Topic A is how it will play...here at Augusta and, if your letters are any indication, at your home course is well. The debate over John Barton's How Green is Golf? is level orange at this point. See posts here and on our environmental forum. The debate seems to be focused on the political at the moment--"I am writing to tell you that I buy your magazine to read about golf, not the environment. I read your magazine as an escape from the everyday bombardment of politics and doom and gloom that the media gives us"--sickofgreen wrote yesterday. But eventually we'll get to playing conditions and then color becomes a measure of firmness and speed, not political position. (See Golf Digest's new definition of "Conditioning" in its course rating as a start of that conversation).
The wish here at Augusta is to have last year's firmness/speed with this year's temperatures (70s). Which would mean, one hopes (one being media, the club and the players, oh, everybody) lower scores. Already the softness brought on by last weekend's rain has some players gently predicting a return to sub-par scores. (Zach Johnson won with plus-1 in '07).
Adam Scott: It's so hard to pick a winning score, but it's playing so long at the moment; it will be hard to get a lot of shots close...I don't know, a couple under maybe, if the weather's good. But Sean Micheel, who said that last year's high scores were "definitely" weather-related, nonetheless thought high scores could happen again if we get no more rain: "Over par could happen."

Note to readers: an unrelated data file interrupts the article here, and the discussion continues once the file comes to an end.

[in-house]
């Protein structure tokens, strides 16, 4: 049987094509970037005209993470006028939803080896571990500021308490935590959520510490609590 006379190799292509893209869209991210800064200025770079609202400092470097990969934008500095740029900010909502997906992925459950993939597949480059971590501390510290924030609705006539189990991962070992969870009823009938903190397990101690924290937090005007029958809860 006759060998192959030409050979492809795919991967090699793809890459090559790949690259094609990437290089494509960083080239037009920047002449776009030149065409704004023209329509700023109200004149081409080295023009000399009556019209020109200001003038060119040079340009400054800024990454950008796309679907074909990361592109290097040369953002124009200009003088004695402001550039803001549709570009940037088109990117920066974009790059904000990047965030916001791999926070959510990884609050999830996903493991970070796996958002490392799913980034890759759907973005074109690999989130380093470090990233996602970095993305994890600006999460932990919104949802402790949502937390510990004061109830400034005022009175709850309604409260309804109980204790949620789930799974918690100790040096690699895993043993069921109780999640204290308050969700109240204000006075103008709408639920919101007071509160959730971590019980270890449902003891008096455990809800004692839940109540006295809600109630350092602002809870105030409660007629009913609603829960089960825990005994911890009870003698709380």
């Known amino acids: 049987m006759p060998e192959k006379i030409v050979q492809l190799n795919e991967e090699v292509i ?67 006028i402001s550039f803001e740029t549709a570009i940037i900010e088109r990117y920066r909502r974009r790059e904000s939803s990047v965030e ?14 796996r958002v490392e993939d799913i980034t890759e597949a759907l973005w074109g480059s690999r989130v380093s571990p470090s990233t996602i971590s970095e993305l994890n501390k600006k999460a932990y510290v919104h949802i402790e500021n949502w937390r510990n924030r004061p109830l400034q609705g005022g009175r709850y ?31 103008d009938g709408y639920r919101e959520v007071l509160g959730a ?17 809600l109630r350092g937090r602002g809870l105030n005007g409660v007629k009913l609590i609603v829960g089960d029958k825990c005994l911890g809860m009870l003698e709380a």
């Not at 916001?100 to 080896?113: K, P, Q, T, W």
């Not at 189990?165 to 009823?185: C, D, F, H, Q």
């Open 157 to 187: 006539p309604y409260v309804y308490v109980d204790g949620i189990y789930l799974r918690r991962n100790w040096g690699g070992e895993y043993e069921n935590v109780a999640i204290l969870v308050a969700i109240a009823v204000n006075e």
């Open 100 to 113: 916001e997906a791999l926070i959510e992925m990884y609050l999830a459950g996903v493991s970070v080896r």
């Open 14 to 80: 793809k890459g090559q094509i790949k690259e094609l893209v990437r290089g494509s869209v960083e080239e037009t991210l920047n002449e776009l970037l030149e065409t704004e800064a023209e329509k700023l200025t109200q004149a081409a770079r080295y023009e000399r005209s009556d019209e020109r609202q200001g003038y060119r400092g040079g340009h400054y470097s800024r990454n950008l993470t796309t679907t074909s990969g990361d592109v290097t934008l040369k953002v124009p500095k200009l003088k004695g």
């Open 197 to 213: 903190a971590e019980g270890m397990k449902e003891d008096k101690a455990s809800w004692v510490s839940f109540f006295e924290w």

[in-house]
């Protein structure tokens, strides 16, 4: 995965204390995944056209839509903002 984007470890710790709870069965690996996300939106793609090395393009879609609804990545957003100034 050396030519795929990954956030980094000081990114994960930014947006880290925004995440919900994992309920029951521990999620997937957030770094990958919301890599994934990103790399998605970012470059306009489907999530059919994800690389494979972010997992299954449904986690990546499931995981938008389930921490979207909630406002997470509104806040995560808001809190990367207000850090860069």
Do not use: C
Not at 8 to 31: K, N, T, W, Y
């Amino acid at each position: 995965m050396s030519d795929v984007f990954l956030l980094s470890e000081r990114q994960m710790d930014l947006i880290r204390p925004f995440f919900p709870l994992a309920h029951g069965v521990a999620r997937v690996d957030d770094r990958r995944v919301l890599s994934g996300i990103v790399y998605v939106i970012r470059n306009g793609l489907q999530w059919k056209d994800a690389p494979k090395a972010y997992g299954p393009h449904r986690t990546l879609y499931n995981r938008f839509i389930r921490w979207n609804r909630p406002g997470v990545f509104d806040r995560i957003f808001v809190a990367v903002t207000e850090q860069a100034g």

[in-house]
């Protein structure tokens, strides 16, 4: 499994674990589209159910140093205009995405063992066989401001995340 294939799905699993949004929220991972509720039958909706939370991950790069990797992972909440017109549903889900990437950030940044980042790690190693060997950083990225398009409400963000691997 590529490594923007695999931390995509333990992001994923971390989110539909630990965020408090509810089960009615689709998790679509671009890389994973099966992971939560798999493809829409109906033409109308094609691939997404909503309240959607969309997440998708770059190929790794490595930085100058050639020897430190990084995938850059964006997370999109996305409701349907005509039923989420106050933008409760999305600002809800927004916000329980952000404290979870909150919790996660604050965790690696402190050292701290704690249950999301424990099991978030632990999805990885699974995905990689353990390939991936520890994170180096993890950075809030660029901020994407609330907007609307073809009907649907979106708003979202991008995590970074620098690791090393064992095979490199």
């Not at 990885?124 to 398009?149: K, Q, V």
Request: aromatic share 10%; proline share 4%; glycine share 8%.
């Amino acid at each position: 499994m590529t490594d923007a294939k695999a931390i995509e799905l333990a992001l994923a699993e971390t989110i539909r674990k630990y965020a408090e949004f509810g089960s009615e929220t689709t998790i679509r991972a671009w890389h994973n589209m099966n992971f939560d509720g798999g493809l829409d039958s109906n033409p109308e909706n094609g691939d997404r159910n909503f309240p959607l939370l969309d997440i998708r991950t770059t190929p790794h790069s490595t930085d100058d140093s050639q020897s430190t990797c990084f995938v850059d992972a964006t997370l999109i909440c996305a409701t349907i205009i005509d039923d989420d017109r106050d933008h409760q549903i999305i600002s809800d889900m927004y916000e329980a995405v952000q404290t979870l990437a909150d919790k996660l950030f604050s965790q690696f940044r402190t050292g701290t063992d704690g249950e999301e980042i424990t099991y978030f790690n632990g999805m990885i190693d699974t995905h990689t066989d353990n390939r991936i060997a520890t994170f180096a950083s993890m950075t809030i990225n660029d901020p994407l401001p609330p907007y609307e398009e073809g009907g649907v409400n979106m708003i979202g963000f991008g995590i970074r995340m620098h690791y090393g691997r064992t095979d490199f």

Phil Mickelson agreed: They won't be lower. I think the scores may get a little bit higher, yeah, and the length is the biggest factor. Also all of the trees and the tightening of the golf course.>
Privately players have been a bit bolder. One said that the course's softness, especially if we get showers on Friday and/or Saturday, could produce a score closer to 8- or 9-under par. The softness hurts some players, obviously, but gives long hitters a chance to hit approaches more aggressively.
Augusta will never by anything but green. But if we see no rain over the weekend and winds pick up as predicted, it will be a fast, light green and oldtime low scores will remain out of reach.
If that kind of Masters encourages golf clubs around the country to water a bit less, that's a good thing. If it pushes them to green speeds of 11 or 12, as Oakmont did last year, not so much.